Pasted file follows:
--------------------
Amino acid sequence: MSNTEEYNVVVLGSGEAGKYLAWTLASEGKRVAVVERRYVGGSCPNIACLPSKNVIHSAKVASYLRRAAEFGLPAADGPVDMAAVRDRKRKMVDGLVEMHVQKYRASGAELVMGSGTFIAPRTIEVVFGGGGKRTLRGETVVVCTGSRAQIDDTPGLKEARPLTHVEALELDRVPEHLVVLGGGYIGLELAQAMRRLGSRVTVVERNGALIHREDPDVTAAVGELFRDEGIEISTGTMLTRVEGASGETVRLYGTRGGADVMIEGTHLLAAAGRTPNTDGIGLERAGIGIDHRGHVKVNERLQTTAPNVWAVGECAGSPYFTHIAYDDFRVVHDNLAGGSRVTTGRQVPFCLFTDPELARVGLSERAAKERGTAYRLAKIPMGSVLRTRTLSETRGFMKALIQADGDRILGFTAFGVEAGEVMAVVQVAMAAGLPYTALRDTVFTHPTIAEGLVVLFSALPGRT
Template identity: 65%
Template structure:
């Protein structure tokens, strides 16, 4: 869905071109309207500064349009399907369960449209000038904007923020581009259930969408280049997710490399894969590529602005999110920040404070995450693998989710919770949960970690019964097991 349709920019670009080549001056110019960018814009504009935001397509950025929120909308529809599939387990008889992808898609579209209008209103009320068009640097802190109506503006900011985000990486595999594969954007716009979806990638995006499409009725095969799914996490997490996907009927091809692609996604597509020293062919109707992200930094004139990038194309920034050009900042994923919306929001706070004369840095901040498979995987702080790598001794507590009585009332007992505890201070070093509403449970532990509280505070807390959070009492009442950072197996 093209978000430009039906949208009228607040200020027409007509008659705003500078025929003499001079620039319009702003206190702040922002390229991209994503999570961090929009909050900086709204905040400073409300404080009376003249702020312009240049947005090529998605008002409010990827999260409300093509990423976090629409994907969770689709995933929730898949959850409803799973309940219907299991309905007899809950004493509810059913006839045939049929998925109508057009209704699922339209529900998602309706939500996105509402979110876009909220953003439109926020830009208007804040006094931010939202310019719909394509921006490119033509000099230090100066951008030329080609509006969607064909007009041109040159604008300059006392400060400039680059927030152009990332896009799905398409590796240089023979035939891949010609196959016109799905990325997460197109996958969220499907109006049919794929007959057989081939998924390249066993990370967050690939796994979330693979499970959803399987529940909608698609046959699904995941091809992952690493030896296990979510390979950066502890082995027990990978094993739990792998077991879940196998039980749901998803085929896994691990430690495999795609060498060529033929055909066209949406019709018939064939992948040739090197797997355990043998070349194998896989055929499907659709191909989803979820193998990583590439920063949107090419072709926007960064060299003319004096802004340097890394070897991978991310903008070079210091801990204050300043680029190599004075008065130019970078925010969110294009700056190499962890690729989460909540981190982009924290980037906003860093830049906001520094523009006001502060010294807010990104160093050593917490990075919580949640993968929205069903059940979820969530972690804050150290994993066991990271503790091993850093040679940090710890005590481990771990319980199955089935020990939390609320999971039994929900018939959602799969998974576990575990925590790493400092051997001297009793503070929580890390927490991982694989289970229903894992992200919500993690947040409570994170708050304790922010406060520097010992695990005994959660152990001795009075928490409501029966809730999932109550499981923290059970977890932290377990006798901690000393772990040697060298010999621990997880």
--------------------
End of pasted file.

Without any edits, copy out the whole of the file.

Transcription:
Amino acid sequence: MSNTEEYNVVVLGSGEAGKYLAWTLASEGKRVAVVERRYVGGSCPNIACLPSKNVIHSAKVASYLRRAAEFGLPAADGPVDMAAVRDRKRKMVDGLVEMHVQKYRASGAELVMGSGTFIAPRTIEVVFGGGGKRTLRGETVVVCTGSRAQIDDTPGLKEARPLTHVEALELDRVPEHLVVLGGGYIGLELAQAMRRLGSRVTVVERNGALIHREDPDVTAAVGELFRDEGIEISTGTMLTRVEGASGETVRLYGTRGGADVMIEGTHLLAAAGRTPNTDGIGLERAGIGIDHRGHVKVNERLQTTAPNVWAVGECAGSPYFTHIAYDDFRVVHDNLAGGSRVTTGRQVPFCLFTDPELARVGLSERAAKERGTAYRLAKIPMGSVLRTRTLSETRGFMKALIQADGDRILGFTAFGVEAGEVMAVVQVAMAAGLPYTALRDTVFTHPTIAEGLVVLFSALPGRT
Template identity: 65%
Template structure:
């Protein structure tokens, strides 16, 4: 869905071109309207500064349009399907369960449209000038904007923020581009259930969408280049997710490399894969590529602005999110920040404070995450693998989710919770949960970690019964097991 349709920019670009080549001056110019960018814009504009935001397509950025929120909308529809599939387990008889992808898609579209209008209103009320068009640097802190109506503006900011985000990486595999594969954007716009979806990638995006499409009725095969799914996490997490996907009927091809692609996604597509020293062919109707992200930094004139990038194309920034050009900042994923919306929001706070004369840095901040498979995987702080790598001794507590009585009332007992505890201070070093509403449970532990509280505070807390959070009492009442950072197996 093209978000430009039906949208009228607040200020027409007509008659705003500078025929003499001079620039319009702003206190702040922002390229991209994503999570961090929009909050900086709204905040400073409300404080009376003249702020312009240049947005090529998605008002409010990827999260409300093509990423976090629409994907969770689709995933929730898949959850409803799973309940219907299991309905007899809950004493509810059913006839045939049929998925109508057009209704699922339209529900998602309706939500996105509402979110876009909220953003439109926020830009208007804040006094931010939202310019719909394509921006490119033509000099230090100066951008030329080609509006969607064909007009041109040159604008300059006392400060400039680059927030152009990332896009799905398409590796240089023979035939891949010609196959016109799905990325997460197109996958969220499907109006049919794929007959057989081939998924390249066993990370967050690939796994979330693979499970959803399987529940909608698609046959699904995941091809992952690493030896296990979510390979950066502890082995027990990978094993739990792998077991879940196998039980749901998803085929896994691990430690495999795609060498060529033929055909066209949406019709018939064939992948040739090197797997355990043998070349194998896989055929499907659709191909989803979820193998990583590439920063949107090419072709926007960064060299003319004096802004340097890394070897991978991310903008070079210091801990204050300043680029190599004075008065130019970078925010969110294009700056190499962890690729989460909540981190982009924290980037906003860093830049906001520094523009006001502060010294807010990104160093050593917490990075919580949640993968929205069903059940979820969530972690804050150290994993066991990271503790091993850093040679940090710890005590481990771990319980199955089935020990939390609320999971039994929900018939959602799969998974576990575990925590790493400092051997001297009793503070929580890390927490991982694989289970229903894992992200919500993690947040409570994170708050304790922010406060520097010992695990005994959660152990001795009075928490409501029966809730999932109550499981923290059970977890932290377990006798901690000393772990040697060298010999621990997880």